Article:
Wonder 44


I woke early. I love the predawn hours. A mockingbird sings from the pine at the edge of the meadow, and my thoughts feel as clear as the tones of his song.

This morning, I decided to finally write my acceptance speech for the Edgar Evans Award. Pay it forward, right? Then it doesn’t feel so awkward to accept.


I had so many people I wanted to nominate. I finally settled on Rose Hatcher, a widow who moved through grief by adopting a kitten that needed a home. She’s been a big inspiration for Tia Berry and me. It’s hard to think of grief as being part of my life–death is still something very abstract to me. But I’ve lost meus avós and Pai‘s roommate/whatever Marcus Fletch. Tia Berry’s getting older. So’s Pai. And, in my career as a doctor, I’m sure I’m going to have plenty of experiences with mortality, even though, right now, I still feel that death can’t touch us. We’re immortal, every one.

Nonetheless, nominating Rose serves as a reminder to me: when grief comes, you can move through it. And you can move through it with kindness.


I felt like a huge responsibility had been lifted when I submitted my acceptance and nomination. Oh, man. I hope I didn’t go overboard. Sometimes, I’ve noticed, when I express myself genuinely, other people look at me like I’m a nut.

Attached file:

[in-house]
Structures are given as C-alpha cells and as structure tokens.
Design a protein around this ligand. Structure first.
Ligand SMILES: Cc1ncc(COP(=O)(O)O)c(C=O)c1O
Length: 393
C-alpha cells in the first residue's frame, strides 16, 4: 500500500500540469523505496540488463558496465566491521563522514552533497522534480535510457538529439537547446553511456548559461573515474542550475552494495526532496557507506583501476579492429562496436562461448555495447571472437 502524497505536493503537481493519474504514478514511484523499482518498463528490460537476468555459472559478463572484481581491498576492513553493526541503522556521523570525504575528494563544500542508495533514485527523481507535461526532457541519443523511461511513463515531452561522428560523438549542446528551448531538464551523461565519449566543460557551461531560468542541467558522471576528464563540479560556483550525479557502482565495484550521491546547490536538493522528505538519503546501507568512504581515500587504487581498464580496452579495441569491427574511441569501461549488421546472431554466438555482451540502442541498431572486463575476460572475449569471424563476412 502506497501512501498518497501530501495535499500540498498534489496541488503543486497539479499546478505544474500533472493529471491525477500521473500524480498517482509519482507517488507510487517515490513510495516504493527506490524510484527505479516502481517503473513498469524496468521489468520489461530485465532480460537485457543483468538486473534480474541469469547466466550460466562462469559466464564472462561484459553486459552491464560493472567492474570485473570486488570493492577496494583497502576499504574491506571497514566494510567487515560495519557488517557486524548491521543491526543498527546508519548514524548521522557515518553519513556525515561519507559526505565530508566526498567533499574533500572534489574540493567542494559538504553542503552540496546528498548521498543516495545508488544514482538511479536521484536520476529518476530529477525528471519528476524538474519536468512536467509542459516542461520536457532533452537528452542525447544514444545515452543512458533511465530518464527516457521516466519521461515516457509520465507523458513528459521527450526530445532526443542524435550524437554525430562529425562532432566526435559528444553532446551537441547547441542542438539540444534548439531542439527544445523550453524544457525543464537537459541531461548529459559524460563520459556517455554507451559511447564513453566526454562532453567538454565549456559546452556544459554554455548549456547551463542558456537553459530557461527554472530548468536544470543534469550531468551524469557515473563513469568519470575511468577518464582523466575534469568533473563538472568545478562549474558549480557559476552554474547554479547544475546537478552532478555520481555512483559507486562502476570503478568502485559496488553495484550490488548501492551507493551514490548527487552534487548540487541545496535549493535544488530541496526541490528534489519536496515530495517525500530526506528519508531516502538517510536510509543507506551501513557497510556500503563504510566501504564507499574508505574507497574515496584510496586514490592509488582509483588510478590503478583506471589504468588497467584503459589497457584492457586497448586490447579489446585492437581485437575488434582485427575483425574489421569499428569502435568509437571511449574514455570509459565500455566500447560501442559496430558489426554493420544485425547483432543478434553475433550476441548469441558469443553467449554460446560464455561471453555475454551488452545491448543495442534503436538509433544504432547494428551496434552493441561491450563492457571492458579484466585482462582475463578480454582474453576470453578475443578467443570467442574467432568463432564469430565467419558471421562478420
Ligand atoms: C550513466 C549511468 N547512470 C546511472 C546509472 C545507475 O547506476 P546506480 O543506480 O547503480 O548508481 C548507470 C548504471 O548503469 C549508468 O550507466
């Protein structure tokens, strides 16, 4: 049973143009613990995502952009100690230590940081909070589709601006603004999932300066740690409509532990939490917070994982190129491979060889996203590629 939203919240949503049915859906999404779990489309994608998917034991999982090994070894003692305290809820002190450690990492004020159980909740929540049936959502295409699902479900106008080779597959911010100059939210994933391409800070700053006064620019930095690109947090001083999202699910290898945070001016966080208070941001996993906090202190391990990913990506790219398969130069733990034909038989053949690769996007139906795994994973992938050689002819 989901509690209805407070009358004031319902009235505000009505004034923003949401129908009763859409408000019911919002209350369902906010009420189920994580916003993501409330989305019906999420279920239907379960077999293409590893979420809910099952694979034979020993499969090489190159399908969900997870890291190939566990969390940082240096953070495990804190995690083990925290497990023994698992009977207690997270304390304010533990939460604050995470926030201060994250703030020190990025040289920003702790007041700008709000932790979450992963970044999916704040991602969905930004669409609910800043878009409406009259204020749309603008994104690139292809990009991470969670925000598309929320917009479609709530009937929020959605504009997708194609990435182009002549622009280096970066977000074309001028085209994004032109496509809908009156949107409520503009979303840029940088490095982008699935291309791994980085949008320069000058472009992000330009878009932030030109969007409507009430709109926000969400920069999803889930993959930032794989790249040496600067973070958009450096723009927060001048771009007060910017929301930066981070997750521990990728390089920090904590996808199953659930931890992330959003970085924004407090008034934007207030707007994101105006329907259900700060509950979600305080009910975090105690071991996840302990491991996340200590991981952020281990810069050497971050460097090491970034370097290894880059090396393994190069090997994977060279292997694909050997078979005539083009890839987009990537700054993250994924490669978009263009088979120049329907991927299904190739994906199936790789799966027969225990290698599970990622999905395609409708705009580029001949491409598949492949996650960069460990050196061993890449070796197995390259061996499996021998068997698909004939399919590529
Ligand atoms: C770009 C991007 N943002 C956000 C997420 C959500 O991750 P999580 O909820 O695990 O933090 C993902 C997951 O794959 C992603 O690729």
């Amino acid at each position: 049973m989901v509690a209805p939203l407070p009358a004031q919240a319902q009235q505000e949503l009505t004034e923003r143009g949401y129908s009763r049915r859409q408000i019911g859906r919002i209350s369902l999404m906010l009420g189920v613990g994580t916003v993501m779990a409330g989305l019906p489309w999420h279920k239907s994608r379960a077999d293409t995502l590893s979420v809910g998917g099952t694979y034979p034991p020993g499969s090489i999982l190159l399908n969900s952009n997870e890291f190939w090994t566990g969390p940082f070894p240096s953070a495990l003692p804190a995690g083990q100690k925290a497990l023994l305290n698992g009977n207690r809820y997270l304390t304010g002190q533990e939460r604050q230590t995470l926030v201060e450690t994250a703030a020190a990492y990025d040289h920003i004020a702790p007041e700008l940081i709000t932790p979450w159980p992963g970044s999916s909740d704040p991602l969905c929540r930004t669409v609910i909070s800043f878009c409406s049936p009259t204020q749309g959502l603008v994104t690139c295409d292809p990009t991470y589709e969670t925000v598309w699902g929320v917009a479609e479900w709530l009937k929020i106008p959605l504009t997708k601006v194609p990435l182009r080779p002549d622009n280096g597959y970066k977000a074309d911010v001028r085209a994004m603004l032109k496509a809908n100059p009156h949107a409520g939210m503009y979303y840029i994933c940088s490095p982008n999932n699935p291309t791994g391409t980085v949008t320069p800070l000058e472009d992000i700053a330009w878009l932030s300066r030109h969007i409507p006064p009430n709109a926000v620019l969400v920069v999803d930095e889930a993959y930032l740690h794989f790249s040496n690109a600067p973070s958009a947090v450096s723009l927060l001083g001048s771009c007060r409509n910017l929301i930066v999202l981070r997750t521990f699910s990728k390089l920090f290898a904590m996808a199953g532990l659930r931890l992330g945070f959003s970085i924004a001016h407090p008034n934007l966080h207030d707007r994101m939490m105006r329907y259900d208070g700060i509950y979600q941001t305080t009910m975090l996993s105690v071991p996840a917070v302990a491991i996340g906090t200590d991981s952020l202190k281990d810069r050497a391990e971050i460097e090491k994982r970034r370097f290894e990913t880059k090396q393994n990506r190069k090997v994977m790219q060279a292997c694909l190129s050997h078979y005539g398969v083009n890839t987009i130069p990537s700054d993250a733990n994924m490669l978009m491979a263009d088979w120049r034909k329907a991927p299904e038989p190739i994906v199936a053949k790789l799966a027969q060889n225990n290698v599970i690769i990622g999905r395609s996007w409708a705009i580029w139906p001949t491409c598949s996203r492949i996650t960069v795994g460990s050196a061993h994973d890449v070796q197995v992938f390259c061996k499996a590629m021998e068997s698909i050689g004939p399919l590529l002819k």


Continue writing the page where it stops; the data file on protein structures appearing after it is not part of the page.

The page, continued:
Oh, well. I guess I am a bit of a nut! At least, I’m a cracked, happy nut!


My boss greeted me with good news when I arrived at the clinic.

“The Medical Board is impressed,” he said. “Full speed ahead.”

I checked the email they’d sent us. We not only had clearance to administer the remedy to adults but also to children. And they had sponsored a research grant for the project.


The news came just in time for my first client of the day. Oscar complained of sore throat and chills.

I explained that we had just the thing for him, and that it used mushroom power.

“Mushroom power?” he said. “Like toadstools?”

“Not toadstools. These are edible mushrooms. The real power comes from the mycelium, which is the thready network of roots below the soil surface.”



I gave him a small dose. We still haven’t figured out the best dosages, for children or adults, but I remember how much I took when I was little kid. Three fingers full.

“I wanna go play!” Oscar said when I went back to check on him an hour later.

“All well?”



The day passed quickly. Not every client needed the remedy, but those who did reported that their symptoms improved within an hour.

“What’s in this stuff?” asked my last client.

“Mushroom compounds,” I said.

“Ick,” she replied.

“But it works, right?”

She couldn’t argue with that.


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